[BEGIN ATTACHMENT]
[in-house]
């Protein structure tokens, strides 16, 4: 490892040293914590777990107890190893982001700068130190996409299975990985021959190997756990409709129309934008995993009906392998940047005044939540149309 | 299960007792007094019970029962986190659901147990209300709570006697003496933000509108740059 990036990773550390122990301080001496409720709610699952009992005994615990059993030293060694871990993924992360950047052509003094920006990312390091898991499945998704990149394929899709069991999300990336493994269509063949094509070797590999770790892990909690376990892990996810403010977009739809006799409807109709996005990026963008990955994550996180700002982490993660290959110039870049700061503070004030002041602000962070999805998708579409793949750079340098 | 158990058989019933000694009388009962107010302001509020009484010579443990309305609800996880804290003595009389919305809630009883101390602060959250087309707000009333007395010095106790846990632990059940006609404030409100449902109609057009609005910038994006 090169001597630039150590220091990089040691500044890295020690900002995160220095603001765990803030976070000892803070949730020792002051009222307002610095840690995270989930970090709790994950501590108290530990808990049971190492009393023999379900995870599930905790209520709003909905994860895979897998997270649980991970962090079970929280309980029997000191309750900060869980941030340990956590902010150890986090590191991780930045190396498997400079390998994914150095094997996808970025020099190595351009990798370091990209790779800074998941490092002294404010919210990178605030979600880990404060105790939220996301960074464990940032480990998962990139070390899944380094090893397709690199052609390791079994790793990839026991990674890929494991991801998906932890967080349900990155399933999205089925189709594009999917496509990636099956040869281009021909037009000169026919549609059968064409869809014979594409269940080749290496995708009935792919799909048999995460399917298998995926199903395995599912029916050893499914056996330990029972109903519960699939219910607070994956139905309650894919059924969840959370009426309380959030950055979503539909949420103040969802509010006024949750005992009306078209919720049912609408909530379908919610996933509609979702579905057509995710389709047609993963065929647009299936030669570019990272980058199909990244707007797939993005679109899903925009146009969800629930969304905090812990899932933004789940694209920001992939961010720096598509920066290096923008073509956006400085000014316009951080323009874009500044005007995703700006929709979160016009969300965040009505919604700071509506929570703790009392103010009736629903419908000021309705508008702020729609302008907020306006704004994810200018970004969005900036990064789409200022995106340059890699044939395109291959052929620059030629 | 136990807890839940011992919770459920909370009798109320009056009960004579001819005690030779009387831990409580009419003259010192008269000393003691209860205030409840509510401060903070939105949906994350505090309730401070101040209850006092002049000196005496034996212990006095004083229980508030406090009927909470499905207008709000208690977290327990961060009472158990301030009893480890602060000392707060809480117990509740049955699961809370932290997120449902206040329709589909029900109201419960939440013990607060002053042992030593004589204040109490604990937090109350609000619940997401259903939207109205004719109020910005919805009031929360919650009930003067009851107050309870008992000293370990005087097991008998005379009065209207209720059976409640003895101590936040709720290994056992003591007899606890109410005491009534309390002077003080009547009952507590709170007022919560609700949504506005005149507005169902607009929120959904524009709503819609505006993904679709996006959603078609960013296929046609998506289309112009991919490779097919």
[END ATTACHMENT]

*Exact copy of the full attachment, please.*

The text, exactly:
[in-house]
């Protein structure tokens, strides 16, 4: 490892040293914590777990107890190893982001700068130190996409299975990985021959190997756990409709129309934008995993009906392998940047005044939540149309 | 299960007792007094019970029962986190659901147990209300709570006697003496933000509108740059 990036990773550390122990301080001496409720709610699952009992005994615990059993030293060694871990993924992360950047052509003094920006990312390091898991499945998704990149394929899709069991999300990336493994269509063949094509070797590999770790892990909690376990892990996810403010977009739809006799409807109709996005990026963008990955994550996180700002982490993660290959110039870049700061503070004030002041602000962070999805998708579409793949750079340098 | 158990058989019933000694009388009962107010302001509020009484010579443990309305609800996880804290003595009389919305809630009883101390602060959250087309707000009333007395010095106790846990632990059940006609404030409100449902109609057009609005910038994006 090169001597630039150590220091990089040691500044890295020690900002995160220095603001765990803030976070000892803070949730020792002051009222307002610095840690995270989930970090709790994950501590108290530990808990049971190492009393023999379900995870599930905790209520709003909905994860895979897998997270649980991970962090079970929280309980029997000191309750900060869980941030340990956590902010150890986090590191991780930045190396498997400079390998994914150095094997996808970025020099190595351009990798370091990209790779800074998941490092002294404010919210990178605030979600880990404060105790939220996301960074464990940032480990998962990139070390899944380094090893397709690199052609390791079994790793990839026991990674890929494991991801998906932890967080349900990155399933999205089925189709594009999917496509990636099956040869281009021909037009000169026919549609059968064409869809014979594409269940080749290496995708009935792919799909048999995460399917298998995926199903395995599912029916050893499914056996330990029972109903519960699939219910607070994956139905309650894919059924969840959370009426309380959030950055979503539909949420103040969802509010006024949750005992009306078209919720049912609408909530379908919610996933509609979702579905057509995710389709047609993963065929647009299936030669570019990272980058199909990244707007797939993005679109899903925009146009969800629930969304905090812990899932933004789940694209920001992939961010720096598509920066290096923008073509956006400085000014316009951080323009874009500044005007995703700006929709979160016009969300965040009505919604700071509506929570703790009392103010009736629903419908000021309705508008702020729609302008907020306006704004994810200018970004969005900036990064789409200022995106340059890699044939395109291959052929620059030629 | 136990807890839940011992919770459920909370009798109320009056009960004579001819005690030779009387831990409580009419003259010192008269000393003691209860205030409840509510401060903070939105949906994350505090309730401070101040209850006092002049000196005496034996212990006095004083229980508030406090009927909470499905207008709000208690977290327990961060009472158990301030009893480890602060000392707060809480117990509740049955699961809370932290997120449902206040329709589909029900109201419960939440013990607060002053042992030593004589204040109490604990937090109350609000619940997401259903939207109205004719109020910005919805009031929360919650009930003067009851107050309870008992000293370990005087097991008998005379009065209207209720059976409640003895101590936040709720290994056992003591007899606890109410005491009534309390002077003080009547009952507590709170007022919560609700949504506005005149507005169902607009929120959904524009709503819609505006993904679709996006959603078609960013296929046609998506289309112009991919490779097919």